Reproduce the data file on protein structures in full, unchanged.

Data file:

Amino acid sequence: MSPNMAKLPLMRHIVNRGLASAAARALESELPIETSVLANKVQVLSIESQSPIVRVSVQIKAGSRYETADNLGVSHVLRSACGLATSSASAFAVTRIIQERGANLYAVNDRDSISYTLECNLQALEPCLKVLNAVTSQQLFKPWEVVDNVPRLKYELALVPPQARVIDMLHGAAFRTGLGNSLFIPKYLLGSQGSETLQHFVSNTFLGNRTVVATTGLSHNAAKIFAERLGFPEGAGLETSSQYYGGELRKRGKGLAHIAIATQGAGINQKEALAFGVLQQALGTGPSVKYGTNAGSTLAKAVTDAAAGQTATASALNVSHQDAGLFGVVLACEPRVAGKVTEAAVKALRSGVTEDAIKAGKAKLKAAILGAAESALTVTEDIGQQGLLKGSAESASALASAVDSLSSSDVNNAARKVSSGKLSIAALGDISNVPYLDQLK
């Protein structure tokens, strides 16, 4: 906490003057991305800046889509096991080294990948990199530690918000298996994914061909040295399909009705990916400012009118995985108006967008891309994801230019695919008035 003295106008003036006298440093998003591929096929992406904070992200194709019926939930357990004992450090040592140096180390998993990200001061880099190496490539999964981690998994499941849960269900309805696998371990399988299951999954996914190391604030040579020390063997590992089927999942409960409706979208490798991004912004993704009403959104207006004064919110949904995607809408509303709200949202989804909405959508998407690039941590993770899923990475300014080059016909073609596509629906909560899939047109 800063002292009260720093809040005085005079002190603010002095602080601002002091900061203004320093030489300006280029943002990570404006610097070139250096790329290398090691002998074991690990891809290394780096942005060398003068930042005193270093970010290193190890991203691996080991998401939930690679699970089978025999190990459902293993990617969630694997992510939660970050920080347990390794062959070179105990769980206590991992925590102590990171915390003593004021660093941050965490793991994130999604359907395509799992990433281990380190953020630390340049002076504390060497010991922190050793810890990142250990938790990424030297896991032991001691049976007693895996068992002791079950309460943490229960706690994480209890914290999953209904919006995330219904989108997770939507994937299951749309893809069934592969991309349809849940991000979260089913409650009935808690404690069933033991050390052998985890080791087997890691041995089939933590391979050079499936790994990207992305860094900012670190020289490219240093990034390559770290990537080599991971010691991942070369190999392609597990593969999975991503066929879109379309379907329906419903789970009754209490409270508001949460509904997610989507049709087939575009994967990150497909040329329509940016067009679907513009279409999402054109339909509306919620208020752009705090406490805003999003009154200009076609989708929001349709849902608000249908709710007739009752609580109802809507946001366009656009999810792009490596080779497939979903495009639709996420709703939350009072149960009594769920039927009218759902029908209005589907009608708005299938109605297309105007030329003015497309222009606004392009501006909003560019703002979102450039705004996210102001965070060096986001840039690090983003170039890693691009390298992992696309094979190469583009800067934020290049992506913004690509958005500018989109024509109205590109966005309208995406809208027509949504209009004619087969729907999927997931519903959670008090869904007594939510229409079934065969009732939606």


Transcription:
Amino acid sequence: MSPNMAKLPLMRHIVNRGLASAAARALESELPIETSVLANKVQVLSIESQSPIVRVSVQIKAGSRYETADNLGVSHVLRSACGLATSSASAFAVTRIIQERGANLYAVNDRDSISYTLECNLQALEPCLKVLNAVTSQQLFKPWEVVDNVPRLKYELALVPPQARVIDMLHGAAFRTGLGNSLFIPKYLLGSQGSETLQHFVSNTFLGNRTVVATTGLSHNAAKIFAERLGFPEGAGLETSSQYYGGELRKRGKGLAHIAIATQGAGINQKEALAFGVLQQALGTGPSVKYGTNAGSTLAKAVTDAAAGQTATASALNVSHQDAGLFGVVLACEPRVAGKVTEAAVKALRSGVTEDAIKAGKAKLKAAILGAAESALTVTEDIGQQGLLKGSAESASALASAVDSLSSSDVNNAARKVSSGKLSIAALGDISNVPYLDQLK
């Protein structure tokens, strides 16, 4: 906490003057991305800046889509096991080294990948990199530690918000298996994914061909040295399909009705990916400012009118995985108006967008891309994801230019695919008035 003295106008003036006298440093998003591929096929992406904070992200194709019926939930357990004992450090040592140096180390998993990200001061880099190496490539999964981690998994499941849960269900309805696998371990399988299951999954996914190391604030040579020390063997590992089927999942409960409706979208490798991004912004993704009403959104207006004064919110949904995607809408509303709200949202989804909405959508998407690039941590993770899923990475300014080059016909073609596509629906909560899939047109 800063002292009260720093809040005085005079002190603010002095602080601002002091900061203004320093030489300006280029943002990570404006610097070139250096790329290398090691002998074991690990891809290394780096942005060398003068930042005193270093970010290193190890991203691996080991998401939930690679699970089978025999190990459902293993990617969630694997992510939660970050920080347990390794062959070179105990769980206590991992925590102590990171915390003593004021660093941050965490793991994130999604359907395509799992990433281990380190953020630390340049002076504390060497010991922190050793810890990142250990938790990424030297896991032991001691049976007693895996068992002791079950309460943490229960706690994480209890914290999953209904919006995330219904989108997770939507994937299951749309893809069934592969991309349809849940991000979260089913409650009935808690404690069933033991050390052998985890080791087997890691041995089939933590391979050079499936790994990207992305860094900012670190020289490219240093990034390559770290990537080599991971010691991942070369190999392609597990593969999975991503066929879109379309379907329906419903789970009754209490409270508001949460509904997610989507049709087939575009994967990150497909040329329509940016067009679907513009279409999402054109339909509306919620208020752009705090406490805003999003009154200009076609989708929001349709849902608000249908709710007739009752609580109802809507946001366009656009999810792009490596080779497939979903495009639709996420709703939350009072149960009594769920039927009218759902029908209005589907009608708005299938109605297309105007030329003015497309222009606004392009501006909003560019703002979102450039705004996210102001965070060096986001840039690090983003170039890693691009390298992992696309094979190469583009800067934020290049992506913004690509958005500018989109024509109205590109966005309208995406809208027509949504209009004619087969729907999927997931519903959670008090869904007594939510229409079934065969009732939606």